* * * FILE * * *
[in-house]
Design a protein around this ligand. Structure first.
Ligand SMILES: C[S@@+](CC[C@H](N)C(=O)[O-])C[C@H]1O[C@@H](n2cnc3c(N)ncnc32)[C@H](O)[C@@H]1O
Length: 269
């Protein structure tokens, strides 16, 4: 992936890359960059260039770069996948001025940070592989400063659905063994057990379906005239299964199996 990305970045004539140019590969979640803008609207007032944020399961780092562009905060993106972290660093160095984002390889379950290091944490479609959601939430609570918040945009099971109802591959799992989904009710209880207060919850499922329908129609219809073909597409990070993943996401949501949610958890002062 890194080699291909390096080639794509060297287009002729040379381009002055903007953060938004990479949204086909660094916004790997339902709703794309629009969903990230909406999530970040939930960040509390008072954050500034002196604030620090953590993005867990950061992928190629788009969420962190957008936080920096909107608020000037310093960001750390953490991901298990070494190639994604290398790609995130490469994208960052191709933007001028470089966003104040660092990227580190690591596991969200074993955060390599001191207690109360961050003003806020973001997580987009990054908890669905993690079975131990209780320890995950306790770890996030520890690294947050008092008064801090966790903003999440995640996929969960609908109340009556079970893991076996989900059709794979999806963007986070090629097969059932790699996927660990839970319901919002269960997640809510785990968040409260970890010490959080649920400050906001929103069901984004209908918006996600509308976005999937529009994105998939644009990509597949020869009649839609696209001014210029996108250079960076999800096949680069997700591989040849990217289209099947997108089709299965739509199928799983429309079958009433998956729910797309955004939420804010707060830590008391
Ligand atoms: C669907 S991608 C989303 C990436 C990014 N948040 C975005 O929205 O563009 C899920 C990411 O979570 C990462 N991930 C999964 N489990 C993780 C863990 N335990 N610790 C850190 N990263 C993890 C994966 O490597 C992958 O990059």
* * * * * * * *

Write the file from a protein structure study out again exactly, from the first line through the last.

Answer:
[in-house]
Design a protein around this ligand. Structure first.
Ligand SMILES: C[S@@+](CC[C@H](N)C(=O)[O-])C[C@H]1O[C@@H](n2cnc3c(N)ncnc32)[C@H](O)[C@@H]1O
Length: 269
């Protein structure tokens, strides 16, 4: 992936890359960059260039770069996948001025940070592989400063659905063994057990379906005239299964199996 990305970045004539140019590969979640803008609207007032944020399961780092562009905060993106972290660093160095984002390889379950290091944490479609959601939430609570918040945009099971109802591959799992989904009710209880207060919850499922329908129609219809073909597409990070993943996401949501949610958890002062 890194080699291909390096080639794509060297287009002729040379381009002055903007953060938004990479949204086909660094916004790997339902709703794309629009969903990230909406999530970040939930960040509390008072954050500034002196604030620090953590993005867990950061992928190629788009969420962190957008936080920096909107608020000037310093960001750390953490991901298990070494190639994604290398790609995130490469994208960052191709933007001028470089966003104040660092990227580190690591596991969200074993955060390599001191207690109360961050003003806020973001997580987009990054908890669905993690079975131990209780320890995950306790770890996030520890690294947050008092008064801090966790903003999440995640996929969960609908109340009556079970893991076996989900059709794979999806963007986070090629097969059932790699996927660990839970319901919002269960997640809510785990968040409260970890010490959080649920400050906001929103069901984004209908918006996600509308976005999937529009994105998939644009990509597949020869009649839609696209001014210029996108250079960076999800096949680069997700591989040849990217289209099947997108089709299965739509199928799983429309079958009433998956729910797309955004939420804010707060830590008391
Ligand atoms: C669907 S991608 C989303 C990436 C990014 N948040 C975005 O929205 O563009 C899920 C990411 O979570 C990462 N991930 C999964 N489990 C993780 C863990 N335990 N610790 C850190 N990263 C993890 C994966 O490597 C992958 O990059």